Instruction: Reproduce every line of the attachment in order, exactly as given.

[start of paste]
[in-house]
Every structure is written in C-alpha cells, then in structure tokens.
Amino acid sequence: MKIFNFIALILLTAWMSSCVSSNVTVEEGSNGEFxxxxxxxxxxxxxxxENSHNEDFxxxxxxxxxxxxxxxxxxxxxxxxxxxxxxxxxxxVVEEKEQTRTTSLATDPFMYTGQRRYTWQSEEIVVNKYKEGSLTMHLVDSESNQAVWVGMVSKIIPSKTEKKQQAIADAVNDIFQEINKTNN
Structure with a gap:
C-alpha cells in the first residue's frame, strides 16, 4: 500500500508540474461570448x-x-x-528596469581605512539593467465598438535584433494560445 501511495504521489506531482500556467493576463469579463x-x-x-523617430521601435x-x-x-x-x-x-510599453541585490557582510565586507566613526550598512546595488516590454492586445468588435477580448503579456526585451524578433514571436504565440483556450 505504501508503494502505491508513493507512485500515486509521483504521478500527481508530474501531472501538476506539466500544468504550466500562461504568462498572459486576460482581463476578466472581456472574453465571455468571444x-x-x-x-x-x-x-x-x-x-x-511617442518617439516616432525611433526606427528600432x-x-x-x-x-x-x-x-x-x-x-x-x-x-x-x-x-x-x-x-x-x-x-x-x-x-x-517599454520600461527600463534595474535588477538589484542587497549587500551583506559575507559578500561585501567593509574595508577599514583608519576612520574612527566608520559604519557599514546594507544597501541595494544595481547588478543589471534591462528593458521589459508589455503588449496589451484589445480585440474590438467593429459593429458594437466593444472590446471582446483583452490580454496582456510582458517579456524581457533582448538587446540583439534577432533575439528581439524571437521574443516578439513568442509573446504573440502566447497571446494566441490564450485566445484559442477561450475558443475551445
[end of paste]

[in-house]
Every structure is written in C-alpha cells, then in structure tokens.
Amino acid sequence: MKIFNFIALILLTAWMSSCVSSNVTVEEGSNGEFxxxxxxxxxxxxxxxENSHNEDFxxxxxxxxxxxxxxxxxxxxxxxxxxxxxxxxxxxVVEEKEQTRTTSLATDPFMYTGQRRYTWQSEEIVVNKYKEGSLTMHLVDSESNQAVWVGMVSKIIPSKTEKKQQAIADAVNDIFQEINKTNN
Structure with a gap:
C-alpha cells in the first residue's frame, strides 16, 4: 500500500508540474461570448x-x-x-528596469581605512539593467465598438535584433494560445 501511495504521489506531482500556467493576463469579463x-x-x-523617430521601435x-x-x-x-x-x-510599453541585490557582510565586507566613526550598512546595488516590454492586445468588435477580448503579456526585451524578433514571436504565440483556450 505504501508503494502505491508513493507512485500515486509521483504521478500527481508530474501531472501538476506539466500544468504550466500562461504568462498572459486576460482581463476578466472581456472574453465571455468571444x-x-x-x-x-x-x-x-x-x-x-511617442518617439516616432525611433526606427528600432x-x-x-x-x-x-x-x-x-x-x-x-x-x-x-x-x-x-x-x-x-x-x-x-x-x-x-517599454520600461527600463534595474535588477538589484542587497549587500551583506559575507559578500561585501567593509574595508577599514583608519576612520574612527566608520559604519557599514546594507544597501541595494544595481547588478543589471534591462528593458521589459508589455503588449496589451484589445480585440474590438467593429459593429458594437466593444472590446471582446483583452490580454496582456510582458517579456524581457533582448538587446540583439534577432533575439528581439524571437521574443516578439513568442509573446504573440502566447497571446494566441490564450485566445484559442477561450475558443475551445